Have you ever geared up, walked into the wilderness, and found yourself surrounded by bland nature sounds?
You wouldn’t be the first. Why is this happening?
The Fickle Sound of Nature
Despite richness of sound in nature, it’s common to find yourself in an utterly silent wilderness soundscape. Why can you hear your own heartbeat in a dense forest? How come an alpine meadow appears void of birds and animals? Well, it’s likely your presence is scaring away most of the wildlife.
A recent video from nature field recordist George Vlad presents a novel solution to this problem. To ensure his movement, sound, or even scent doesn’t scare away timid animals, birds, or insects, Vlad uses what he calls drop rigs: “set-and-forget” portable field recording set-ups. His cleverly-arranged mini-kits are designed to withstand the elements, animals, and other disturbances to capture the most evocative and pure field recordings that happen only when every human presence has departed.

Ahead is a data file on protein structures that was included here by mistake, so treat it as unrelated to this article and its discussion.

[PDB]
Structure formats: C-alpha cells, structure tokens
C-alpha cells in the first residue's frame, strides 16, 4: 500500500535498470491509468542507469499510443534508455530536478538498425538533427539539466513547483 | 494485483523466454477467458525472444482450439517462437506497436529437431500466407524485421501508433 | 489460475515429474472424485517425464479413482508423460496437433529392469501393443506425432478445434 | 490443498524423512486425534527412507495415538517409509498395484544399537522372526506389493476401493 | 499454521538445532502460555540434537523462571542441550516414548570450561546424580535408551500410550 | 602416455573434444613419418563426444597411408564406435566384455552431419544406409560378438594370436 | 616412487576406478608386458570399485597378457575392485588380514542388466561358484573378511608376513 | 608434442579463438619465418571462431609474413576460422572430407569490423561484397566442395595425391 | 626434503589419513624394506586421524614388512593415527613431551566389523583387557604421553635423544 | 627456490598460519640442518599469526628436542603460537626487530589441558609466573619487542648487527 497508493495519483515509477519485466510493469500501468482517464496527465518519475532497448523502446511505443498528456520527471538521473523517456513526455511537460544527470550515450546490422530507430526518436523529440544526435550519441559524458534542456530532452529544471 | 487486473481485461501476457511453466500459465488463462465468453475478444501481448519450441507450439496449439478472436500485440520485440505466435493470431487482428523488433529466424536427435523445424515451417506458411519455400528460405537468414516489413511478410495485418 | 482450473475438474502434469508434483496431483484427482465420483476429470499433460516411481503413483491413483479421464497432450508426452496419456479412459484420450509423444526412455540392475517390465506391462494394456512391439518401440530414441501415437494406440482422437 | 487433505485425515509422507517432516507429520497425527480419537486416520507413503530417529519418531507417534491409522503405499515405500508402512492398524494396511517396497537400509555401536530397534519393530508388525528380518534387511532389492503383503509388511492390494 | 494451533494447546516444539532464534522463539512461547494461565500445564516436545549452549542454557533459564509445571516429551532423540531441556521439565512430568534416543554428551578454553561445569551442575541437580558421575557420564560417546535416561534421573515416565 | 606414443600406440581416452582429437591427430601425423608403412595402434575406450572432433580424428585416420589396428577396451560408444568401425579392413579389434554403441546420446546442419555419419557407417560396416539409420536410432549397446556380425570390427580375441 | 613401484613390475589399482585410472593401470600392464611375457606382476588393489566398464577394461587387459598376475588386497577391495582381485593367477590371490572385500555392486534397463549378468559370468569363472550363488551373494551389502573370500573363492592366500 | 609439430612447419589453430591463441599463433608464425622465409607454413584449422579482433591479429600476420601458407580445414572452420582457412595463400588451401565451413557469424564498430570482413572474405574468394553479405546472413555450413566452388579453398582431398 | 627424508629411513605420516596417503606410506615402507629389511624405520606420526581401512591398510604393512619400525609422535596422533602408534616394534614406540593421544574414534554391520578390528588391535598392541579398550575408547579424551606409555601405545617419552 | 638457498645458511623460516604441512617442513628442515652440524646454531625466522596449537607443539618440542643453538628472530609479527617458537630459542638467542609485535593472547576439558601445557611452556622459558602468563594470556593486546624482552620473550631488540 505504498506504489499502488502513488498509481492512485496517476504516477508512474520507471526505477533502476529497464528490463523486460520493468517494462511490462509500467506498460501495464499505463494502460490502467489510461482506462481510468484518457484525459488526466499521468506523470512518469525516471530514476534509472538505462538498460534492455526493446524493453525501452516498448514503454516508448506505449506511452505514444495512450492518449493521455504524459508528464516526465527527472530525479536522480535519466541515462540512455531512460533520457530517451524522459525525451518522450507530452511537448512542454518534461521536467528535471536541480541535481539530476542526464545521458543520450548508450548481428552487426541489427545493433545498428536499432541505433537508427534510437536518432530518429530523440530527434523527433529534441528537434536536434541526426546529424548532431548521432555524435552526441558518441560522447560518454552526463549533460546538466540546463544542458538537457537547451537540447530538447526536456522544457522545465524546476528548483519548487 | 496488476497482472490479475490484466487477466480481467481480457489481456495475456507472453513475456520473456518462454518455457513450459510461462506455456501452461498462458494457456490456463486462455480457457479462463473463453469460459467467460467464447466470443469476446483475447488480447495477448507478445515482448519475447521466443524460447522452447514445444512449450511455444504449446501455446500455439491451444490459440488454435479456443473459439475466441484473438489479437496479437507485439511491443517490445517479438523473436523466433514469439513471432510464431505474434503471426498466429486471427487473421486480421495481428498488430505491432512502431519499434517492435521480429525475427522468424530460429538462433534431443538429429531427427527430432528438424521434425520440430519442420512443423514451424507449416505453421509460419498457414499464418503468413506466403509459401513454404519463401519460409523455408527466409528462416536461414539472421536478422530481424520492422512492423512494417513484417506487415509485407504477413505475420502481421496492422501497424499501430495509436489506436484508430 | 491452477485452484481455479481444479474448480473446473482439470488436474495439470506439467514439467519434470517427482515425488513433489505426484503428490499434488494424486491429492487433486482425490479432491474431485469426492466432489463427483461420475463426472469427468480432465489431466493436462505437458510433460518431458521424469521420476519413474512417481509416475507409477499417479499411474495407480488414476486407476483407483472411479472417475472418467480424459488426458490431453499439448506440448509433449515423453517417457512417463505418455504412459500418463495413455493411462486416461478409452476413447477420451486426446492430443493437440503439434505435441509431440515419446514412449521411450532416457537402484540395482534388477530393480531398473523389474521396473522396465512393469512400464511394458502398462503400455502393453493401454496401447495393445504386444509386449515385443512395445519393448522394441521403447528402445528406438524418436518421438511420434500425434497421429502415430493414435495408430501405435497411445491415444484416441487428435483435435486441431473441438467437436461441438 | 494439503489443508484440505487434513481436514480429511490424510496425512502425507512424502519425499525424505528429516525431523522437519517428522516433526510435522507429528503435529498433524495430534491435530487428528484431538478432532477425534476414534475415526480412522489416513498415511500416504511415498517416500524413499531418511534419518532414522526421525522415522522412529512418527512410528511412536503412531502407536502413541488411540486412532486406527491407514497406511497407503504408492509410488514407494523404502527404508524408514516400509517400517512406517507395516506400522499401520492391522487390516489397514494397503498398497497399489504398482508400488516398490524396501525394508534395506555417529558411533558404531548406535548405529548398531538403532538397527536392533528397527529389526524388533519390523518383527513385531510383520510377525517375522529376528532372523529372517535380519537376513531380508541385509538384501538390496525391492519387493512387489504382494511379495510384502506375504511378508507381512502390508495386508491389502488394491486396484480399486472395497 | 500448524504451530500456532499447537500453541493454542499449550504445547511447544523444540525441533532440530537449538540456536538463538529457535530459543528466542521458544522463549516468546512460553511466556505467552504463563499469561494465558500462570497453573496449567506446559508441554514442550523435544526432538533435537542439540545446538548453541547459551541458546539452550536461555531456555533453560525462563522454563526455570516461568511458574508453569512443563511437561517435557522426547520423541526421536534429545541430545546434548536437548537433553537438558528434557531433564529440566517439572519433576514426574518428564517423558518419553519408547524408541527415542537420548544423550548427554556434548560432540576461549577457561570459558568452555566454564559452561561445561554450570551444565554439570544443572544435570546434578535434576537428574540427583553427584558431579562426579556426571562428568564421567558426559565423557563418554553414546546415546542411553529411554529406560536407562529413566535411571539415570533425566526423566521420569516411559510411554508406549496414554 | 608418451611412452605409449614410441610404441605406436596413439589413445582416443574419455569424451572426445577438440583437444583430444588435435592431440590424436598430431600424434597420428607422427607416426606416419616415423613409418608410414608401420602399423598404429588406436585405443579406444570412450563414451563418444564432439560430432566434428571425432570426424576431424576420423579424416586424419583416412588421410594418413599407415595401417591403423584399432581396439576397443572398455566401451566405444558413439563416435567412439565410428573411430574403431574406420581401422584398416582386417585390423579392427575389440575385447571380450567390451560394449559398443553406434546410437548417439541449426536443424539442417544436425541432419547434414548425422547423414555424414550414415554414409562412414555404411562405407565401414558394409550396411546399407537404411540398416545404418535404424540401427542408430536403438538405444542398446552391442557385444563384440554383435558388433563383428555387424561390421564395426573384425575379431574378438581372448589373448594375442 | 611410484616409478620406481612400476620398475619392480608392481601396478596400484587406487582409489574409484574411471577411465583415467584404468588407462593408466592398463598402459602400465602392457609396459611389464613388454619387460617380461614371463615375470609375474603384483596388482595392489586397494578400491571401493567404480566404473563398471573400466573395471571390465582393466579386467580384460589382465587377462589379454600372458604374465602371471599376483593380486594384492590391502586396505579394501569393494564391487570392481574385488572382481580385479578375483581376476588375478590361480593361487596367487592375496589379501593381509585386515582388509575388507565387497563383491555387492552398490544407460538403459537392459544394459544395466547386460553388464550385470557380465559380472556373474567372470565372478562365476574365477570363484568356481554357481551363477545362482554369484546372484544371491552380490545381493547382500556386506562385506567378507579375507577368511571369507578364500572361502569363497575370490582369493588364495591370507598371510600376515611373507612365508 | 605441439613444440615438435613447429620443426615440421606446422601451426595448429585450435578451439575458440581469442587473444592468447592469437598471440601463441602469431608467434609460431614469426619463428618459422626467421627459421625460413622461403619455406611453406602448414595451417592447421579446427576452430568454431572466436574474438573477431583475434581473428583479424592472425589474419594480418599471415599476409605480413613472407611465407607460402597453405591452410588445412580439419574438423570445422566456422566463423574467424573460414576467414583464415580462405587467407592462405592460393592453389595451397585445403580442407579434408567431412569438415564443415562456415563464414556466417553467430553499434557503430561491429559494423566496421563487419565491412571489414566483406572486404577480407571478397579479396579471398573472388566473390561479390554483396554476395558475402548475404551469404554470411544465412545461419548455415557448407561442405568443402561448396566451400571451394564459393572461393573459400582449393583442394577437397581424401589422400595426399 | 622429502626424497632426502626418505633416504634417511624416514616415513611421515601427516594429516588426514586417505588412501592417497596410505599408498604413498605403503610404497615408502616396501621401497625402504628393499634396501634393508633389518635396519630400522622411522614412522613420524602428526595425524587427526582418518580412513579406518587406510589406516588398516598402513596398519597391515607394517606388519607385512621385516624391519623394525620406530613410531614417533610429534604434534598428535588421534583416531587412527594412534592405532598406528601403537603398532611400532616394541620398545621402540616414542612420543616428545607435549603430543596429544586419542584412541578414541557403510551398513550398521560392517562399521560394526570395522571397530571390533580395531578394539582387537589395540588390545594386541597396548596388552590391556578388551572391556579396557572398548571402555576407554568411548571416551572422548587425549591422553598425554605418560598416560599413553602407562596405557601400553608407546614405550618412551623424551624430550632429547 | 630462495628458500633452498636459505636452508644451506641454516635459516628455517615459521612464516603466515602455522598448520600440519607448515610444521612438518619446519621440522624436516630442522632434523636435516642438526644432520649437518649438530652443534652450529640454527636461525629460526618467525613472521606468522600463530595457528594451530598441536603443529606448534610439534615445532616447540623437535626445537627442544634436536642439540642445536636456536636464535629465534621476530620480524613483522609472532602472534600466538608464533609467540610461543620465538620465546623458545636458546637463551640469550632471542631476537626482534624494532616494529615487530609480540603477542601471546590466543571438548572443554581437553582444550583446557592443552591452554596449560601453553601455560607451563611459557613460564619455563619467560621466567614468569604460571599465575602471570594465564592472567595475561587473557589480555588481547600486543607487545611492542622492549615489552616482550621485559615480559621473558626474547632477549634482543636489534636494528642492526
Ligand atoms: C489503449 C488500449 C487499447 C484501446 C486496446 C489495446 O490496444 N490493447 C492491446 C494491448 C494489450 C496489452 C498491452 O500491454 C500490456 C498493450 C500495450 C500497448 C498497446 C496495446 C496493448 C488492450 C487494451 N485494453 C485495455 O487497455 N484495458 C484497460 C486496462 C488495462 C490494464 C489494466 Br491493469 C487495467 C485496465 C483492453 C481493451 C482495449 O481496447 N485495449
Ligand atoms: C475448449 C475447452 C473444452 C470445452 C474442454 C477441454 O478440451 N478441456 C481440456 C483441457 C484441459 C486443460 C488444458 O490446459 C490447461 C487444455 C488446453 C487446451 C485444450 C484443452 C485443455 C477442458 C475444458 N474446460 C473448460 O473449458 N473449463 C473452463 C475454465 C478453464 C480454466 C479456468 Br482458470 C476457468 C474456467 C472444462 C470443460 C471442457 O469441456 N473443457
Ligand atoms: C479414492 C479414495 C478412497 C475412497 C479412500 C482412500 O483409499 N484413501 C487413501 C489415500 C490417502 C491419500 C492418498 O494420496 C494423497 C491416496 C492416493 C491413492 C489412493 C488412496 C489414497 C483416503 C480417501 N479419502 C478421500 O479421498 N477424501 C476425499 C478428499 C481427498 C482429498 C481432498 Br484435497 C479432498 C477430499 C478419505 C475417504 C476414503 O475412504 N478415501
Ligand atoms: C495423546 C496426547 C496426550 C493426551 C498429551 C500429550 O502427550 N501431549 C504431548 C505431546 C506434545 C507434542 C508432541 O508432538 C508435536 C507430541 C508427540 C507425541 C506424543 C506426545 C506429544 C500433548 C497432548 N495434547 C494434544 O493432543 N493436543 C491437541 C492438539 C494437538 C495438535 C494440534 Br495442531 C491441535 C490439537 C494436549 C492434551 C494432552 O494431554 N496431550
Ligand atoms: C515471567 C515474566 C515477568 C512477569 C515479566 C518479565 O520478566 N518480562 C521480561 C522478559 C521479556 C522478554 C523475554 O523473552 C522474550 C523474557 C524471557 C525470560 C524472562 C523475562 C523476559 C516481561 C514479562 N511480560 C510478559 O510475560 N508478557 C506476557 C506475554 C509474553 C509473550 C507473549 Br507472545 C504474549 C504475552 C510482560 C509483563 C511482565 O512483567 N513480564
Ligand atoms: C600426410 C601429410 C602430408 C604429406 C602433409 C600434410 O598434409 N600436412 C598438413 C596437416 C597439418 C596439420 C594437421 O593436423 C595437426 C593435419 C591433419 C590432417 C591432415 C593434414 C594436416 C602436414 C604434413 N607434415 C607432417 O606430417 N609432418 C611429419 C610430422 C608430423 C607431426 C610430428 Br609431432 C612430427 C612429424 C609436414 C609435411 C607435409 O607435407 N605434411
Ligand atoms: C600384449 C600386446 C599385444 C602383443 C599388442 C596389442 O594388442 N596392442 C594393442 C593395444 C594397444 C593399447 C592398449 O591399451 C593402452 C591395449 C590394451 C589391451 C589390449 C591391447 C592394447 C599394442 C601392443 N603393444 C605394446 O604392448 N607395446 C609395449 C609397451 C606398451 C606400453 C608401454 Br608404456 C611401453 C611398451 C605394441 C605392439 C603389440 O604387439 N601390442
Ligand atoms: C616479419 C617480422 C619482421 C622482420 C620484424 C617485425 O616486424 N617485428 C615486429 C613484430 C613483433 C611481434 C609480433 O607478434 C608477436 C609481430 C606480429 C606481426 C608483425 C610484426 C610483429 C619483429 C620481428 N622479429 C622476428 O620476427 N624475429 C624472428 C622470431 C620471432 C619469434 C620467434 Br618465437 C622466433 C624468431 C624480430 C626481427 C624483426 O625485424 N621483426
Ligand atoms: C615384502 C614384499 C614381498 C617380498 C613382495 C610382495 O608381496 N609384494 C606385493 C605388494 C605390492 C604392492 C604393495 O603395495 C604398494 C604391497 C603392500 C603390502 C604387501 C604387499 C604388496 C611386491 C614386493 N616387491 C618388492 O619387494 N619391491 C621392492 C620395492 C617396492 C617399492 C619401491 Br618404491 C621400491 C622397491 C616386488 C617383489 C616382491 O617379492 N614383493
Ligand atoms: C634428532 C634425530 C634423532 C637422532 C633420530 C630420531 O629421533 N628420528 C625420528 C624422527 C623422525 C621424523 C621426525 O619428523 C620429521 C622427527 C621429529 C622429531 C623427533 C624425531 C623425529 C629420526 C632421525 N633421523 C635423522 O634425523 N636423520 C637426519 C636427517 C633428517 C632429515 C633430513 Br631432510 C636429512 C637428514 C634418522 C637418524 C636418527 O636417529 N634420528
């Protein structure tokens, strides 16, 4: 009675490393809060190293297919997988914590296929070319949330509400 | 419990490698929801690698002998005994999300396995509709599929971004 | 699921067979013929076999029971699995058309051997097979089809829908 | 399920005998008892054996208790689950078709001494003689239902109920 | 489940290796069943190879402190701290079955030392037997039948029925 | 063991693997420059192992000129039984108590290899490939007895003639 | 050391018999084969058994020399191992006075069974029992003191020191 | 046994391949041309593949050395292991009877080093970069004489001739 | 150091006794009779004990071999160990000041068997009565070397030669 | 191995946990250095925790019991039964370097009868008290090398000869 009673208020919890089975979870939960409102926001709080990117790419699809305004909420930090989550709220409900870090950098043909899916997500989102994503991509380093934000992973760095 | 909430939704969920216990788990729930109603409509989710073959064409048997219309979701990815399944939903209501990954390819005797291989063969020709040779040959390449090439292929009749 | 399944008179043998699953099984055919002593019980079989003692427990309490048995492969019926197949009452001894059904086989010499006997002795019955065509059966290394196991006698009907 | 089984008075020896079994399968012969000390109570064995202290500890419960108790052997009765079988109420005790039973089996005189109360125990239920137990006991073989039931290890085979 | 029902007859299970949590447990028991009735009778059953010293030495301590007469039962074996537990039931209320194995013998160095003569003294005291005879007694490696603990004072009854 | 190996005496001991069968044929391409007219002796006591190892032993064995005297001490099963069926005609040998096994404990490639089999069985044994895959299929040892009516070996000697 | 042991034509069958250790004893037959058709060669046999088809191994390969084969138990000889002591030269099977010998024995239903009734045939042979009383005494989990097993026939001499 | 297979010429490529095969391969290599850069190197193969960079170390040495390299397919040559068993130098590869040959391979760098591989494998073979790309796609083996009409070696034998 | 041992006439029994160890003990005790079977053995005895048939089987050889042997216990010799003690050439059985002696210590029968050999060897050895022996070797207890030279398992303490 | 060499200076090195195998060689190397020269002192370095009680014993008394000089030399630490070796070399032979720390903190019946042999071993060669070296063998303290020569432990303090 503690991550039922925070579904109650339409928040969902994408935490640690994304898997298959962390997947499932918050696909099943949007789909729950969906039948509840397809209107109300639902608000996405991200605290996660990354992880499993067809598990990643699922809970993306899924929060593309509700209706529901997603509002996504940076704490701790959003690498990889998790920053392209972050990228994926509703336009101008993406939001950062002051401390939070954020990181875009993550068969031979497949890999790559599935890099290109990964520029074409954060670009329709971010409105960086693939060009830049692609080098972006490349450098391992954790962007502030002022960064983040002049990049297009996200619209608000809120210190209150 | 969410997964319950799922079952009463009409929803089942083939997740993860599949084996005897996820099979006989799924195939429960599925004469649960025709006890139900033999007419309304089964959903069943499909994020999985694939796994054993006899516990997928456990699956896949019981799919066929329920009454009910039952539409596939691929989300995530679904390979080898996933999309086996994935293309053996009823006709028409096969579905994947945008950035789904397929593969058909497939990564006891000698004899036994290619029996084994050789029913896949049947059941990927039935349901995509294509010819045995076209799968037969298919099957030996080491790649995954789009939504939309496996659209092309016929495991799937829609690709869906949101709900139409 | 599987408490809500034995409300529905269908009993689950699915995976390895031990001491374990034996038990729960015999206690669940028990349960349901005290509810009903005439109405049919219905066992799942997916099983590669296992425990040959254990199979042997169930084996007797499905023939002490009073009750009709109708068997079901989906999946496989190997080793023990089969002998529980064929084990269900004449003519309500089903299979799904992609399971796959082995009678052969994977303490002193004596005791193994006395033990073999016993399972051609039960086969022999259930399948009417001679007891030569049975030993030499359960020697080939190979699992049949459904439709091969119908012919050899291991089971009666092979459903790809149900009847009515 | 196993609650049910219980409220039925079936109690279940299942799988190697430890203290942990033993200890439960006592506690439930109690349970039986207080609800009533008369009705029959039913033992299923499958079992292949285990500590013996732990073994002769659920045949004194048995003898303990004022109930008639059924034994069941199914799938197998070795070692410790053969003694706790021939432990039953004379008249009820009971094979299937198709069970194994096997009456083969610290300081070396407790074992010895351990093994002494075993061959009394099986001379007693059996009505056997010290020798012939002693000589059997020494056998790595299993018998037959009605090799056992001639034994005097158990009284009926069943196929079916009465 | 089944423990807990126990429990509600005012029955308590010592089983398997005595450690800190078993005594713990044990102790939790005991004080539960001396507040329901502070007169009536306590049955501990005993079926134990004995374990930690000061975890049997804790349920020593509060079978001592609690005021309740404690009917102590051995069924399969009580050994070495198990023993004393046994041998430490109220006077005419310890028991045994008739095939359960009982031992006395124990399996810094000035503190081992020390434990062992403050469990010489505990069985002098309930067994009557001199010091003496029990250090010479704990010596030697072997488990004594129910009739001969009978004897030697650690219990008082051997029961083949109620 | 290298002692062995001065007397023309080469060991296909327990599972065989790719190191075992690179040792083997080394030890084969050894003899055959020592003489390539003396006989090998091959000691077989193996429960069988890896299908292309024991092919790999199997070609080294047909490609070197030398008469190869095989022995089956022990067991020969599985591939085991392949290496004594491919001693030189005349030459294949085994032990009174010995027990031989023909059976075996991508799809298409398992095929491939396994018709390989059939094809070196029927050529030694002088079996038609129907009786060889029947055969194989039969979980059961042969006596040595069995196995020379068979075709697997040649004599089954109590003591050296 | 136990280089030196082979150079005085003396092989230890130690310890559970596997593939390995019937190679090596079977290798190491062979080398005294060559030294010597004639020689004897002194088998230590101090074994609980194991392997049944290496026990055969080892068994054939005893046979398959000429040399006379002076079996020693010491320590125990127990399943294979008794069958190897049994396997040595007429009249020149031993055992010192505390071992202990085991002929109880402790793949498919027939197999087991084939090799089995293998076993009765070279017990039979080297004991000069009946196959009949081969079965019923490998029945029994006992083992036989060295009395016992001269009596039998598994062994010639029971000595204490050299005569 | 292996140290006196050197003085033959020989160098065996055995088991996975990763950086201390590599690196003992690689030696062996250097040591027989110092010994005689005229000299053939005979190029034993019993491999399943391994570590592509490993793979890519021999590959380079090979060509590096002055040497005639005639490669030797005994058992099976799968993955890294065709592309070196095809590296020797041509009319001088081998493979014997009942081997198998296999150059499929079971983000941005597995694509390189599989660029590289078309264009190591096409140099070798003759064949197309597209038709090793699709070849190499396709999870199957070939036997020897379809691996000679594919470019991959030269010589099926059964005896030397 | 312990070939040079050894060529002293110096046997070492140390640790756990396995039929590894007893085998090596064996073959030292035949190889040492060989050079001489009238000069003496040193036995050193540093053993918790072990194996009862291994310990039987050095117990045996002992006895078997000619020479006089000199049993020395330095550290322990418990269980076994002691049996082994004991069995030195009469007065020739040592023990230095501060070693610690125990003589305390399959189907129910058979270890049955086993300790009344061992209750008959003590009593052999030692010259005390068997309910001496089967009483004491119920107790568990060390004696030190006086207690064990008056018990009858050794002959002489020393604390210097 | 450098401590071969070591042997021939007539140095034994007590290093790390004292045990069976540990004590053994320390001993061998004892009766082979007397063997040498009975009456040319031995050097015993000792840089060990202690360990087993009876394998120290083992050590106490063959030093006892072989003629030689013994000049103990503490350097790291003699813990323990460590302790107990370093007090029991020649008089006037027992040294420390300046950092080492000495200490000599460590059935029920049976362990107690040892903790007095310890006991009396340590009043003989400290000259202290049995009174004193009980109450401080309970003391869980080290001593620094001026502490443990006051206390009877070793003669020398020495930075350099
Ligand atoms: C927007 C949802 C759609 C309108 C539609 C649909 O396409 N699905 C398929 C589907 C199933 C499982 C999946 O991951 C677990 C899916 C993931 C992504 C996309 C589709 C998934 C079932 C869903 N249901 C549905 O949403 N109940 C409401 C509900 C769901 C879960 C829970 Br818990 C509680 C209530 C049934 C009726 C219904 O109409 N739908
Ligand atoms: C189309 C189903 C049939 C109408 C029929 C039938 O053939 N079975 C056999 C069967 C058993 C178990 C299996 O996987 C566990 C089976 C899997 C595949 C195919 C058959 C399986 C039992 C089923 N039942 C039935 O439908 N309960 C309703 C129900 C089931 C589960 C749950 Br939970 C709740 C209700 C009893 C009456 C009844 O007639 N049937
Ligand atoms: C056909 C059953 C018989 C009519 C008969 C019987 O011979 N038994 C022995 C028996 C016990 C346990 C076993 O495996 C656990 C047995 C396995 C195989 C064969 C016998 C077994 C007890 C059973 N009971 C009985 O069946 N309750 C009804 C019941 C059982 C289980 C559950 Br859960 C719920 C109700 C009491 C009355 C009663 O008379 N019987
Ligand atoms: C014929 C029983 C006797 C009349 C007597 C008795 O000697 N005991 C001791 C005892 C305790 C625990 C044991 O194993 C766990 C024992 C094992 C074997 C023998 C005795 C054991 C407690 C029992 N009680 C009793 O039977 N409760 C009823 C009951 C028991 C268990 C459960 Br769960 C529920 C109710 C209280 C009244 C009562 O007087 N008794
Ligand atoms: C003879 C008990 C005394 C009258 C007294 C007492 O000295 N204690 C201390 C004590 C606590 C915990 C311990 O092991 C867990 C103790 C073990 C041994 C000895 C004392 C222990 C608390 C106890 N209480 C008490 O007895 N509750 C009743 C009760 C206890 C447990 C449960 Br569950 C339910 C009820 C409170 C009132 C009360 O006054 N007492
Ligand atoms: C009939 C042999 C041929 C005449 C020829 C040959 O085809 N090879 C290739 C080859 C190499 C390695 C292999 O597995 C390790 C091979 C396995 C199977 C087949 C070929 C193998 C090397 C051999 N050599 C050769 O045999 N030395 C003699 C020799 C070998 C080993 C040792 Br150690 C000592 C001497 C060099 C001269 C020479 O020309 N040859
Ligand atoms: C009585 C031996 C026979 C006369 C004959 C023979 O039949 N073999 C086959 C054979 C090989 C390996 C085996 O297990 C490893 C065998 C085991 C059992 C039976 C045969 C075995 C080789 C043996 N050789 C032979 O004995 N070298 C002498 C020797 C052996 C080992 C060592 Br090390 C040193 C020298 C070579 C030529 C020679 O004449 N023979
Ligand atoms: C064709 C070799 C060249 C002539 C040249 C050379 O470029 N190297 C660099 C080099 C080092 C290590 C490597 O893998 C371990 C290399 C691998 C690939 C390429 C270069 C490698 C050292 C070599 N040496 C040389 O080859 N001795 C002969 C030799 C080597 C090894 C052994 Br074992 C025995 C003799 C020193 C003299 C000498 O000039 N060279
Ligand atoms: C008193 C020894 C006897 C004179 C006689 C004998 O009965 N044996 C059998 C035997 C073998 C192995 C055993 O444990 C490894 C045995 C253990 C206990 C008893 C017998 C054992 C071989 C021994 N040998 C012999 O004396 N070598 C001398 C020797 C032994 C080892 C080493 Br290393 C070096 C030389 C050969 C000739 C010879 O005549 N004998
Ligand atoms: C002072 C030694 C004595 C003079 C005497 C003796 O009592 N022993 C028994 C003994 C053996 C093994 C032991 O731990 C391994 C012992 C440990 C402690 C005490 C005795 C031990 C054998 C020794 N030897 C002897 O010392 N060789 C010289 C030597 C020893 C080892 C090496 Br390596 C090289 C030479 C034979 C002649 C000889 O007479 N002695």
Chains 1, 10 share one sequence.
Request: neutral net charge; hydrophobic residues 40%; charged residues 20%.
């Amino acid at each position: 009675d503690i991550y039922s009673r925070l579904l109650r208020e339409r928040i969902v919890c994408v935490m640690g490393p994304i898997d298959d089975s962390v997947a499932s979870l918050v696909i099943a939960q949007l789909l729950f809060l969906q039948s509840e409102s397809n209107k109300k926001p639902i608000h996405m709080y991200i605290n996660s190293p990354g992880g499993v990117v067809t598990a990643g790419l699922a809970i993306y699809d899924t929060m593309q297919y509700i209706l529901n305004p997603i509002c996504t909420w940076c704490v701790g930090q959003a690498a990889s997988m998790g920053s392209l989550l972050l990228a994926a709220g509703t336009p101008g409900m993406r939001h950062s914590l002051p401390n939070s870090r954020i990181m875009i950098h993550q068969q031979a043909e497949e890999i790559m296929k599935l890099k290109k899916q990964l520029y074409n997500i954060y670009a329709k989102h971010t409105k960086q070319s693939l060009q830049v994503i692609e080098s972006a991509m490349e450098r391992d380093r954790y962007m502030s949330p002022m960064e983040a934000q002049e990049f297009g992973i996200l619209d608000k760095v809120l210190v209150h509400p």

George Vlad’s technique is not merely setting aside a recorder and walking away. He has a thoughtful approach to what gear he selects and why. It includes:
- Sony PCM-D100 ($775), D10 ($499), or A10 ($219).
- LOM mikroUši microphone (€80).
- Bubblebee windshields ($44.95).
- Tupperware containers to protect the microphone before shooting.
- Silica gel to draw out moisture afterwards.
- Electrical tape to fasten gear.
- Dry bag for the entire kit.
Vlad discusses how this setup works in the wild as well as in mixed environmental conditions. What I found interesting were his comments on how the gear package affects his technique by focusing listening and considering risk and reward, all with the side effect of making the practice more enjoyable, too.
Learn more in his YouTube video below: